Last month, the prosecutor’s office in charge of her case approved the indictment against Tsvetkova; if convicted, she could face up to six years in prison. Tsvetkova’s persecution by the Russian authorities reflects a broader campaign by the government to crackdown on members of the queer community and muzzle anyone advocating for their freedom and rights.
All Out, an international NGO fighting for LGBTQ rights, has teamed up with the Moscow Community Center and launched a petition calling for the elimination of the charges against Tsvetkova and for the abolition of Russia’s “gay propaganda” law.
The authorities’ persecution of Tsvetkova began in 2019, when she was preparing to stage a play titled ‘Blue and Pink’ which dealt with gender stereotypes and criticised the country’s culture of militarism. Following mounting pressure from the authorities, Tsvetkova cancelled the play.
“I don’t know which was worse for the authorities, the play about gender, which they don’t understand and are afraid of, or the other play, which was pretty political, very sharp. I guess it’s the combination of both that got me here,” Tsvetkova told CNN.
Following the play incident, Tsvetkova and her mother were summoned to the police station either on a weekly or bi-weekly recurrence as the authorities scoured for any shred of evidence that could help them press criminal charges against her. Finally, the police came across a blog titled ‘The Vagina Monologues’ that Tsvetkova had founded and managed, in which she featured drawings of female body parts created by herself and others.
Through her work, Tsvetkova sought to shatter stereotypes surrounding the vagina and promote body positivity. The text in one of her drawings, for instance, read “Women who are alive have body fat and this is fine!”
It was for posting these drawings that the authorities charged Tsvetkova with promoting pornography. Then, in January 2020, she was charged with violating the notorious “gay propaganda law” after she posted a drawing featuring same-sex families along with the caption “A family is where there is love. Support LGBT+ families!”
After being placed under house arrest, Tsvetkova was released in March 2020, but has since been prohibited from leaving the country or changing her address.
Tsvetkova’s arrest has drawn sharp criticism from human and LGBTQ rights activists and organisations around the world. Last year, Amnesty International, along with several other NGOs, had recognised Tsvetkova as a political prisoner and called for the charges against her to be dropped.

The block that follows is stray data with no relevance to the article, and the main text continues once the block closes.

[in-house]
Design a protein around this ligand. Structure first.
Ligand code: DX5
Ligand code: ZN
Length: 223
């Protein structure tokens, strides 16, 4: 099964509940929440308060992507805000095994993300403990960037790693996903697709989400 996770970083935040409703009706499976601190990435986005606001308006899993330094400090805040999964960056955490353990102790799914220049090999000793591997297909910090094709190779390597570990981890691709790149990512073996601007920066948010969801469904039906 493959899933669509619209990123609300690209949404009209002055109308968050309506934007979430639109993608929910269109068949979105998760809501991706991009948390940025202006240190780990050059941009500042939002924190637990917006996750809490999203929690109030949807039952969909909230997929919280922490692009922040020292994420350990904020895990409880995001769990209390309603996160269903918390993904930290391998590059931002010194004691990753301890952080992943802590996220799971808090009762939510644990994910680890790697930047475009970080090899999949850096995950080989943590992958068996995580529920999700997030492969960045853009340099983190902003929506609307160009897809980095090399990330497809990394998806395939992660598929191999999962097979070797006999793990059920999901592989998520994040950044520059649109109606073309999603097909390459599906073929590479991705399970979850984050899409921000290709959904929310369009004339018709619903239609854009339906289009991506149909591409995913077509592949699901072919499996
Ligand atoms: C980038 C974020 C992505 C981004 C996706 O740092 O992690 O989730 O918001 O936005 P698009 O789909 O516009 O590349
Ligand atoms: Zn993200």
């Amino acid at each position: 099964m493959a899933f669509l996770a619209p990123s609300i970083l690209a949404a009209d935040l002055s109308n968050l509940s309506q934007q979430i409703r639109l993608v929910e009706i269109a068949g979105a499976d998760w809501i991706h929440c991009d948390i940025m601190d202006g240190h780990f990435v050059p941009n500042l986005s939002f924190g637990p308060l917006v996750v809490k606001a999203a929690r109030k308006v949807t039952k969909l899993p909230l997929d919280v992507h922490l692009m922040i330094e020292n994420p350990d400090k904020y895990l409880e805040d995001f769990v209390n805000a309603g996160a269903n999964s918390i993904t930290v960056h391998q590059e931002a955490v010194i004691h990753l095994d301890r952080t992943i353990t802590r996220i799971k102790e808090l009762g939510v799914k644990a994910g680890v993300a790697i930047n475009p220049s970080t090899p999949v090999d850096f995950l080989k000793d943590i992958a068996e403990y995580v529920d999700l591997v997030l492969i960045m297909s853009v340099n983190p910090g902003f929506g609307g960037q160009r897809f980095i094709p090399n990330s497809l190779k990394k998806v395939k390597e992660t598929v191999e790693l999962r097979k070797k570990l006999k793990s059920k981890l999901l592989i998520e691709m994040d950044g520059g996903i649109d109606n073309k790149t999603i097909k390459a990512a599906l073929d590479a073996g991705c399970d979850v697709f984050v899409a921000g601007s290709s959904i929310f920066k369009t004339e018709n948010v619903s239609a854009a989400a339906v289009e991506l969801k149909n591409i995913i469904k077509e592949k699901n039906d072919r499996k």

“Russian authorities have tried everything to intimidate Yulia: They searched her home, put her under house arrest for over three months, ordered her not to leave the country, fined her twice for violating the Russian ‘gay propaganda’ law, and brought trumped-up charges against her for ‘distributing pornography’,” said Matt Beard, Executive Director of All Out. “Now her trial can happen any time and she could go to jail for up to six years. And all of this just for sharing on social media innocent drawings of same-sex families and motives promoting inclusivity. Nobody should be prosecuted simply for expressing their wish for equality,” he added.
The controversy has also spread throughout Russia, where, despite the public’s deep-rooted conservatism, individuals and groups have nonetheless taken to social media and the streets to protest Tsvetkova’s arrest. On social media, women have been posting pictures of their bodies (often emphasising hair, curves and skin blemishes) along with the phrase “my body is not pornography” in solidarity with Tsvetkova.
Protests against Tsvetkova’s arrest have been taking place throughout Russia, and have even reached her hometown in the far Eastern region of the country. Numerous artists and media figures have also come out in support of her, something Tsvetkova claims has made her feel less alone in her struggle.
“Anonymity is the scariest thing,” she told DW, “and I know that because I was alone at the beginning. It meant that if I was at the police station, I knew that they could do whatever they want and no one would ever find out.”
“[Tsvetkova] is not the first person to be targeted under the ‘gay propaganda’ law. But with your help, she might be the last,” reads All Out’s petition, which has so far garnered over 165,000 signatures. Her trial could begin any day now.